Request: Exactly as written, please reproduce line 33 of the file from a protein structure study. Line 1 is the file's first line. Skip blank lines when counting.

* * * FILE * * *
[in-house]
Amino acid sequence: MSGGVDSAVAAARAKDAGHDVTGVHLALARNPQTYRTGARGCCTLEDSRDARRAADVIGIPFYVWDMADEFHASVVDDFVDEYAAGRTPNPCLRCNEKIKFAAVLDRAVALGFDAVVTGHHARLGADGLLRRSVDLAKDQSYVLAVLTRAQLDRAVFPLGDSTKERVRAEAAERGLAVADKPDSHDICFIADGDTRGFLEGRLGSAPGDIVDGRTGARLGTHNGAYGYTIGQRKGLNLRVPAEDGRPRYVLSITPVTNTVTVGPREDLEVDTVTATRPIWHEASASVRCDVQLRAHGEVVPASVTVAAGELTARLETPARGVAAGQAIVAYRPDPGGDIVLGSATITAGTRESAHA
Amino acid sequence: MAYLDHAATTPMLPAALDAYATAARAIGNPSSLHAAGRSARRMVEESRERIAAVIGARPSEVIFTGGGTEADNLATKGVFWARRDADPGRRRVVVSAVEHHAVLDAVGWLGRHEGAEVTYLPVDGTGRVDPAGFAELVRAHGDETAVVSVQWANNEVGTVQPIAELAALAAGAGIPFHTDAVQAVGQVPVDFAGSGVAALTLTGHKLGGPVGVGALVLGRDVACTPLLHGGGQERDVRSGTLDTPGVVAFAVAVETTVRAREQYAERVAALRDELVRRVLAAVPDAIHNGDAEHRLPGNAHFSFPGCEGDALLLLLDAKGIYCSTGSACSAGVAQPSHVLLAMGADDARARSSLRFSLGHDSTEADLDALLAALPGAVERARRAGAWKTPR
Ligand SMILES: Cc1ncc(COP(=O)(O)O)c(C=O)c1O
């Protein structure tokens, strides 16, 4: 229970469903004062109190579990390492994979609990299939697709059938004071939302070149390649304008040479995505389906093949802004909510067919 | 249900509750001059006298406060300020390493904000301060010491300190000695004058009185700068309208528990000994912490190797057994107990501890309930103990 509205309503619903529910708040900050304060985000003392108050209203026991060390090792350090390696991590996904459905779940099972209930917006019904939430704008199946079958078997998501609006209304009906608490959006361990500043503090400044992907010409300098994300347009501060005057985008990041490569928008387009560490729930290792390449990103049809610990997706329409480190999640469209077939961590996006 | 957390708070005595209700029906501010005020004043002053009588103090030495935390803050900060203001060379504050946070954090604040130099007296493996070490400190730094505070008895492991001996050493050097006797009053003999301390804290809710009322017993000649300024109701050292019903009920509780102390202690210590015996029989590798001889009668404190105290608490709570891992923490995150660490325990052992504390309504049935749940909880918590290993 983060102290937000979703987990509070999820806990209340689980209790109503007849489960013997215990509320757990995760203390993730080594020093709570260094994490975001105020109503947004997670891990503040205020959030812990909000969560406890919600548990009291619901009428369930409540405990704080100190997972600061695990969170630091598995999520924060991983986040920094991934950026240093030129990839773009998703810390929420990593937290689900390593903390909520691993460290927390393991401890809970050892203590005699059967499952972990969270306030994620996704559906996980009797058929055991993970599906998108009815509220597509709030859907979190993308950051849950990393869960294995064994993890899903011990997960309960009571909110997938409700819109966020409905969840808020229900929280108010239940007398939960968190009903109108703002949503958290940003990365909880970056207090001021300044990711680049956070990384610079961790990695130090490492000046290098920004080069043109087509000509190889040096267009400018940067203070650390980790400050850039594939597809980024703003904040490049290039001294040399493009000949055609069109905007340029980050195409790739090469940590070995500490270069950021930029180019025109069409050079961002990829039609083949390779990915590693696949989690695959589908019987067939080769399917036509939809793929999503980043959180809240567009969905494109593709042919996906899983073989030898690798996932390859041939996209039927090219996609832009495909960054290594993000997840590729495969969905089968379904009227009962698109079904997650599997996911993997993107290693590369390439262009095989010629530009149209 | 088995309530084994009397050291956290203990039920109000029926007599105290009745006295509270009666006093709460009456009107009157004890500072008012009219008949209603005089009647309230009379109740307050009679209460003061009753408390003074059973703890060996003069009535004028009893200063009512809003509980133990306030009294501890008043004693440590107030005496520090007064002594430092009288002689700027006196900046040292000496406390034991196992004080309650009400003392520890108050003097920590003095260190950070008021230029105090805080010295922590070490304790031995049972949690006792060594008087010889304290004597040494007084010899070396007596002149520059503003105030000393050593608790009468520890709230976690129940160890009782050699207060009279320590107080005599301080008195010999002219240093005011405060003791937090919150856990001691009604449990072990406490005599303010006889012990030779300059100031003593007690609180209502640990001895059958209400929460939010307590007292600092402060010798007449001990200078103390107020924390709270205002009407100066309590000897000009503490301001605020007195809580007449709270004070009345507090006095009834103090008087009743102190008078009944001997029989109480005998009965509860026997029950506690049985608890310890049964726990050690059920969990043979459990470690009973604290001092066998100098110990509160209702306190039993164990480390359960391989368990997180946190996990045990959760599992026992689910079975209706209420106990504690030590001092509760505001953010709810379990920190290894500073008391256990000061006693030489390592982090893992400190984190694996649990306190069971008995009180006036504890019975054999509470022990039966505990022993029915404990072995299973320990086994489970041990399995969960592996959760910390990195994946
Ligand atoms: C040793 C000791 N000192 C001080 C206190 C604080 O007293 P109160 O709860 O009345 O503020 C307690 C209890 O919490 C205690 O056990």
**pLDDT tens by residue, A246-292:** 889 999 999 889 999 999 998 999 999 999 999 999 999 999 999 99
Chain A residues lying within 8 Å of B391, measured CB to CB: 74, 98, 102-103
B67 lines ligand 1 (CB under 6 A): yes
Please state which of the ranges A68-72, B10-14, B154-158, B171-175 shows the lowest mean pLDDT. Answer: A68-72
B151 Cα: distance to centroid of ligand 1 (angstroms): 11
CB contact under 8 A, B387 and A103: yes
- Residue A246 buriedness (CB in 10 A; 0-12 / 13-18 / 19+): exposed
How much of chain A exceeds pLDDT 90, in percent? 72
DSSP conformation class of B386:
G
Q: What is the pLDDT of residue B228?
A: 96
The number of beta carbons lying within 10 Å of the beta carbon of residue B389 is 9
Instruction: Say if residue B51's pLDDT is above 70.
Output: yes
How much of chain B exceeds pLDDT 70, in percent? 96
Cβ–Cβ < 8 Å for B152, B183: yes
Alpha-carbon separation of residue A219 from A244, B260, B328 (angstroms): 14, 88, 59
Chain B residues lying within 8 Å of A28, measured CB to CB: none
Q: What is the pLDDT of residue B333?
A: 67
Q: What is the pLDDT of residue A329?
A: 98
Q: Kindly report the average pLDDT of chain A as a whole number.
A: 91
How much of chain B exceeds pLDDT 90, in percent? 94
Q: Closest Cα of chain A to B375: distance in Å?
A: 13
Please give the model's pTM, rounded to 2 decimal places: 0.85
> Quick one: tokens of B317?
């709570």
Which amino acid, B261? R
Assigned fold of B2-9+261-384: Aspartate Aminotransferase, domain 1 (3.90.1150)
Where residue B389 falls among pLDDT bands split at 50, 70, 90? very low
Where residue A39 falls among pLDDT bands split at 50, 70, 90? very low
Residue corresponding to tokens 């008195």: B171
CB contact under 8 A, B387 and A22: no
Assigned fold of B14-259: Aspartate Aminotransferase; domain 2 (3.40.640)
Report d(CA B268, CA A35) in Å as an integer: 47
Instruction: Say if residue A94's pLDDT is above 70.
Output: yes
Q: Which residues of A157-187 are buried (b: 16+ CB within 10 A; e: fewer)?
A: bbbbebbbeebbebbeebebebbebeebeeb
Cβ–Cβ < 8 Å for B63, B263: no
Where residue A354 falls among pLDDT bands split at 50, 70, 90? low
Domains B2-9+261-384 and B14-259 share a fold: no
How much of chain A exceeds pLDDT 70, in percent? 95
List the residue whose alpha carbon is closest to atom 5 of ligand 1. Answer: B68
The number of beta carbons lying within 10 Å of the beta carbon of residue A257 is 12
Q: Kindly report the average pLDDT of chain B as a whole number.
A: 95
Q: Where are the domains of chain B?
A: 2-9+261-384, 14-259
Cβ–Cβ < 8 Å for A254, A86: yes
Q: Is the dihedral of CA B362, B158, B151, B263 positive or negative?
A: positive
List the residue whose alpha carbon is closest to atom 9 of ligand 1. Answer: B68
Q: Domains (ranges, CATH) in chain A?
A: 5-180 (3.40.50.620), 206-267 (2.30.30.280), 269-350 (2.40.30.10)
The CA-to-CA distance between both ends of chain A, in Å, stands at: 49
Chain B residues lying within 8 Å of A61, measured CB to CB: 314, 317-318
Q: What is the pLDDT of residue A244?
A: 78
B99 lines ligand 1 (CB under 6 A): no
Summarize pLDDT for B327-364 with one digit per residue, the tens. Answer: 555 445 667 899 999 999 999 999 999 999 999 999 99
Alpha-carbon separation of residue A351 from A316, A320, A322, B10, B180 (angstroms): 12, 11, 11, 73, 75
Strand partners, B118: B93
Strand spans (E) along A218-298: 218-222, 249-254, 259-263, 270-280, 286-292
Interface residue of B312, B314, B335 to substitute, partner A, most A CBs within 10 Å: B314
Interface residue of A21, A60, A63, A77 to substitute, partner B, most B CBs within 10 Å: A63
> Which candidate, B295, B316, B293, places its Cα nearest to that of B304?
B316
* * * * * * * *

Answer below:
Q: Closest Cα of chain A to B375: distance in Å?